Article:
Matt,

Ha, This will be the only boat I build. It's taken far longer than I thought it would and there are still several years worth of work to complete here. After the major work is completed, I'll be launching her. Then all the remaining trim work will be done and after that, tweaks and improvements. So no worries for the foreseeable future about running out of things to do.

:D :D :D

Re: Building The Vera Cruise

Posted: Sun May 31, 2020 8:00 am
by Bill Edmundson
I have SS fasteners holding much of the Tahoe seats and bulkheads. Lock-Tight has an anti-seize lube. It seems to work pretty well.

Bill

Re: Building The Vera Cruise

Posted: Fri Jun 05, 2020 1:11 pm
by mrintense
I'm waiting for my fuel tank hold down kit so I can continue with the fuel tank box. While waiting on that, I started working on veneering the cabin wall parts (which also a part of the helm cabinet). The first part was the trim piece that fits to the roof top aft edge. This matches the curve of the roof and forms the top part of the wall connected to the helm cabinet and the fuel tank cabinet.

The plan for the aft wall of the cabin is to have the inside cabin surface veneered with Mahogany and the outside will be painted. The upper edge of this trim piece also forms a small lip (fiddle) across the back of the roof as this area of the roof will also double as part of the helm. Probably hard to visualize right now and it will make more sense when I get it installed.

But what I was going to share today is the veneering of the trim piece. Using the vacuum pump that Neel so kindly sent to me and some additional equipment that I've since picked up, I applied the first veneer yesterday using epoxy between the plywood and the mahogany veneer. The first photo shows the part under the vacuum bag and it worked perfect;ly.

The second photo shows the part after cleaning up. As mentioned, the veneer side will be inside the cabin.

The veneer being applied under vacuum bagging
The veneer being applied under vacuum bagging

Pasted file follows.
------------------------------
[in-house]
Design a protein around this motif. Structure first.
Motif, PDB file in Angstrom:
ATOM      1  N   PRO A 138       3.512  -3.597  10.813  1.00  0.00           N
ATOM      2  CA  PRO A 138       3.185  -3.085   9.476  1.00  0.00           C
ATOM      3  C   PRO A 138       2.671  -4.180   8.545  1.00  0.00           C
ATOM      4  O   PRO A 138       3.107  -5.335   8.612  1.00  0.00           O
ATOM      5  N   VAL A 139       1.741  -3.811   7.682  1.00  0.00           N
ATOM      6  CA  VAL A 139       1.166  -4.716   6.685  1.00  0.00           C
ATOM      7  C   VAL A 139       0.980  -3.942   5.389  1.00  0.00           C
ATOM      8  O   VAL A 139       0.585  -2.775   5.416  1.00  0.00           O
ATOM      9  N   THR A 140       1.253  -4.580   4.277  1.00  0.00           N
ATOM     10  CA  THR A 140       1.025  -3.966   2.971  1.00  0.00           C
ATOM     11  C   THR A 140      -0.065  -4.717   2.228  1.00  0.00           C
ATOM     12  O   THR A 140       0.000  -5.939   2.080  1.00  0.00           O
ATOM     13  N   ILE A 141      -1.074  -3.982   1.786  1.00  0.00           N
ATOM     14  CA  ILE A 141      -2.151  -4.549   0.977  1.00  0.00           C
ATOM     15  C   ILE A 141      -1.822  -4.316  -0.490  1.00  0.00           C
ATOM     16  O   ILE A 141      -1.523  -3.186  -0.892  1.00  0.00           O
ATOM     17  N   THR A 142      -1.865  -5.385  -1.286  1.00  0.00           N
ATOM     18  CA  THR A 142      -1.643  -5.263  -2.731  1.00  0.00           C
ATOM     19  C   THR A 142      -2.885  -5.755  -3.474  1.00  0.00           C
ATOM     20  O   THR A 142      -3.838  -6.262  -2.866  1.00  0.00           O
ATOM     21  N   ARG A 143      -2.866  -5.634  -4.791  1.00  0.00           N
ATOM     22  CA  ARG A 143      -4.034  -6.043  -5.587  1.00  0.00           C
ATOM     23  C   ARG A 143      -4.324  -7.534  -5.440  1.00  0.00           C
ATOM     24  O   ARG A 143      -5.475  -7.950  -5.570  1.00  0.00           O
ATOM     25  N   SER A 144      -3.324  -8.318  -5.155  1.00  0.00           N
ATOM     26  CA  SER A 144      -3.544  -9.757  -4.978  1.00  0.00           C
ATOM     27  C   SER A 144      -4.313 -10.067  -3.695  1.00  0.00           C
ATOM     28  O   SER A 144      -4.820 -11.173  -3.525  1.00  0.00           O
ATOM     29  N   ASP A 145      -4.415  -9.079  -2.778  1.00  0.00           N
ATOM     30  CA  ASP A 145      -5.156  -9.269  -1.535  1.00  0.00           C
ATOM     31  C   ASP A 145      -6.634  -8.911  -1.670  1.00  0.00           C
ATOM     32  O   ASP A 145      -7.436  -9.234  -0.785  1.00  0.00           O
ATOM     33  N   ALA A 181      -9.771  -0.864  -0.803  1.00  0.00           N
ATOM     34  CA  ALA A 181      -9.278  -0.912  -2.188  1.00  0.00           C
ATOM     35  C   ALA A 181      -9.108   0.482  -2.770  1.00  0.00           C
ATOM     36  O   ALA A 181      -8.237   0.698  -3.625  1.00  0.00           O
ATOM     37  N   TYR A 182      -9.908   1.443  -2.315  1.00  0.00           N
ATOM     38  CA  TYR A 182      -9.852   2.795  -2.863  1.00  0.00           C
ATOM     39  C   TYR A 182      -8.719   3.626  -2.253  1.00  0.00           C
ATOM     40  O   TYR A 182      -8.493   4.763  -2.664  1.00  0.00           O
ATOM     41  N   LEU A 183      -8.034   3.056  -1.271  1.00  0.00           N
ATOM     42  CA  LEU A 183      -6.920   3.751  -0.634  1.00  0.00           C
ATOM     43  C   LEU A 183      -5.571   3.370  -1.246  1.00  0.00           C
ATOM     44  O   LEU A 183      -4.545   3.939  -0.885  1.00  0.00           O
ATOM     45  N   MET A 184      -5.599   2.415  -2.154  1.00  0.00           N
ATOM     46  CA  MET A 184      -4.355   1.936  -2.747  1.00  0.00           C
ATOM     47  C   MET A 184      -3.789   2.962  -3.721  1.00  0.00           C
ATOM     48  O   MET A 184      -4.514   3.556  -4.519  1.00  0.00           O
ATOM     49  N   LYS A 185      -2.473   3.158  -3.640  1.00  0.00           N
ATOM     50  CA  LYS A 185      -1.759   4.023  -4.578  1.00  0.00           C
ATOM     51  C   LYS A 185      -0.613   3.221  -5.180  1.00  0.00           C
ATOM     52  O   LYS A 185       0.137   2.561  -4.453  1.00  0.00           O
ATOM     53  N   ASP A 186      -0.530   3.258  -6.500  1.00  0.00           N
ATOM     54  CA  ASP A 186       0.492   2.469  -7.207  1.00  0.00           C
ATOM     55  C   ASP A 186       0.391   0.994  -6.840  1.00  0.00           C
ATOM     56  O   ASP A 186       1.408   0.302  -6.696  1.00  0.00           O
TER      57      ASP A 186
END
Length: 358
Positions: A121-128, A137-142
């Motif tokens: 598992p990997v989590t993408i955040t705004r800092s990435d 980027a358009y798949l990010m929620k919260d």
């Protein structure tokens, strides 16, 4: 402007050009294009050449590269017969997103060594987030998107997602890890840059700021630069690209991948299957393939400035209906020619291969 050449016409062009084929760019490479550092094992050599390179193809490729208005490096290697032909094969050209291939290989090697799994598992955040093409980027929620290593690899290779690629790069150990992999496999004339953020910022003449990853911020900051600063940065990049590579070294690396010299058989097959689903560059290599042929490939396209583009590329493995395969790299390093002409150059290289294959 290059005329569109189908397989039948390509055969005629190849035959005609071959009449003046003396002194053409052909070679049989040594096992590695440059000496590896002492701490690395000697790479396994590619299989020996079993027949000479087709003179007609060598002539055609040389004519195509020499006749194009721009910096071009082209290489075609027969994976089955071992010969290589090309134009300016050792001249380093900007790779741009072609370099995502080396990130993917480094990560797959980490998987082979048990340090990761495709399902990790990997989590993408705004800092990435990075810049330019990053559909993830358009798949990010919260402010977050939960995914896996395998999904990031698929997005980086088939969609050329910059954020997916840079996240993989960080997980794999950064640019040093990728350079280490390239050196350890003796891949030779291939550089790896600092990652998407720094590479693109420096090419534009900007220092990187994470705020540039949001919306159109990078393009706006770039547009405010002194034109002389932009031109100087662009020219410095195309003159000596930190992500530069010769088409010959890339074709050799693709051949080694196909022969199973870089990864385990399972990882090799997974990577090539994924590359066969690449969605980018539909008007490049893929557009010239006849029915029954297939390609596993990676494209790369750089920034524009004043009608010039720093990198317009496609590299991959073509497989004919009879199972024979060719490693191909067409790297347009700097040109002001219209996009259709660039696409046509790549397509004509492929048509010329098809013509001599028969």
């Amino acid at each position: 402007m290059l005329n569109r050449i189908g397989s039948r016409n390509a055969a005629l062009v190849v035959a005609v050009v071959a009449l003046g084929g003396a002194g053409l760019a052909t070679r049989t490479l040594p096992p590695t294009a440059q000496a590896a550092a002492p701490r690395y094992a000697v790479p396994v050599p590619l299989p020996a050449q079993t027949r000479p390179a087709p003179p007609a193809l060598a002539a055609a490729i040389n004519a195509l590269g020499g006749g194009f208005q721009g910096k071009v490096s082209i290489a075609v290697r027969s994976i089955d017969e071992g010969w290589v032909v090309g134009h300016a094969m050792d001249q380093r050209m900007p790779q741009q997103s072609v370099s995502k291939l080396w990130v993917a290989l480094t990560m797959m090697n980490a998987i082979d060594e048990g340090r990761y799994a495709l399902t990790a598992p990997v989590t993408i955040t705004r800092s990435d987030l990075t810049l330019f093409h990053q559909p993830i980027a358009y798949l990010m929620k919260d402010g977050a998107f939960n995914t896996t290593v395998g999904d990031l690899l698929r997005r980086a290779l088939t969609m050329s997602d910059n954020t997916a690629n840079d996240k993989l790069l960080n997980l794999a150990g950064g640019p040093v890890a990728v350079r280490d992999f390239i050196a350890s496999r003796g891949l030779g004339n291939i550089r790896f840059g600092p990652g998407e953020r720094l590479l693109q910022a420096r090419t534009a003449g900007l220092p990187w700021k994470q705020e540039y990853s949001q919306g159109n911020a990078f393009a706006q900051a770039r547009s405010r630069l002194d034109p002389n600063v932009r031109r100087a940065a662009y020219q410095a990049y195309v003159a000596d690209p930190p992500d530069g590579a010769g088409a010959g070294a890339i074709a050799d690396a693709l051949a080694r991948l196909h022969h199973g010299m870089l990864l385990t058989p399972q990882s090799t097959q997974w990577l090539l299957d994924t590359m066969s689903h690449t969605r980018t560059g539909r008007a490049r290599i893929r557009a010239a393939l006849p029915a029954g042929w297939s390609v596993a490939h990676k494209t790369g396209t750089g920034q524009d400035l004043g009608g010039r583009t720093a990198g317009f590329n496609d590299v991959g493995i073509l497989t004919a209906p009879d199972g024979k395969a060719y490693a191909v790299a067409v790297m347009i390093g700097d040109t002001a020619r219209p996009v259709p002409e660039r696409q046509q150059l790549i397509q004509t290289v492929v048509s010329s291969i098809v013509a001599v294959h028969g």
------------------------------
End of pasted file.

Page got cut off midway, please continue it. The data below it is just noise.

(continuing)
The trim piece after the veneer edges and surfaces were cleaned up.
The trim piece after the veneer edges and surfaces were cleaned up.

Re: Building The Vera Cruise

Posted: Fri Jun 05, 2020 2:29 pm
by JimmY
Very nice, Carl. Vacuum bagging is pretty straight forward and results in a very strong bond.

Re: Building The Vera Cruise

Posted: Fri Jun 05, 2020 4:16 pm
by Roberta
That is way cool.

Roberta :D :D :D :D

Re: Building The Vera Cruise

Posted: Fri Jun 05, 2020 7:02 pm
by hoodman
That's like one huge clamp with perfectly even pressure.

Re: Building The Vera Cruise

Posted: Sat Jun 06, 2020 4:56 am
by neel thompson
Carl.... Happy to see the vacuum pump in action. Did you have to do much to it to fix the shipment damage ? My buddy Glenn built the pump just before he got sick and passed away. He was a perfectionist, so I had a feeling it would work properly. Nice job.!! Neel

Re: Building The Vera Cruise

Posted: Sat Jun 06, 2020 8:16 am
by mrintense
Thanks Roberta, Matt, Jimmy, and Neel.

And thanks again Neel for sending this. The damage was not too bad, mostly just some items broken loose from the carrying handle. All of that was fixed, I replaced the oil in the pump and replaced the fitting on the end of the vacuum line so it would work with my vacuum port.

I used to do this kind of work when I was an aircraft mechanic doing composite repair and fabrication for the airlines. So doing this here was quite easy to get back into even though it's been well over 20 years. The hardest part was finding a reasonable supply of the various bagging materials needed and trying to determine how much I need.

I've gotten the second wall piece veneered and will be starting on the third wall piece today.

Just to recap what I have in mind. The aft wall of the cabin will be wood veneered on the inside surface (cabin side). The outside surface (aft surface) will be fiberglassed and painted white. The helm station and fuel tank cabinet will be attached to these wall pieces and these will also be veneered and finished in natural wood. I think the natural wood helm and fuel tank cabinet will offset the white wall quite nicely.

Since it's easier to vacuum bag the parts when they are flat, I want to get all of this done before doing the assembly work. So some parts of the walls will be cut away depending upon the application, but it's just easier this way.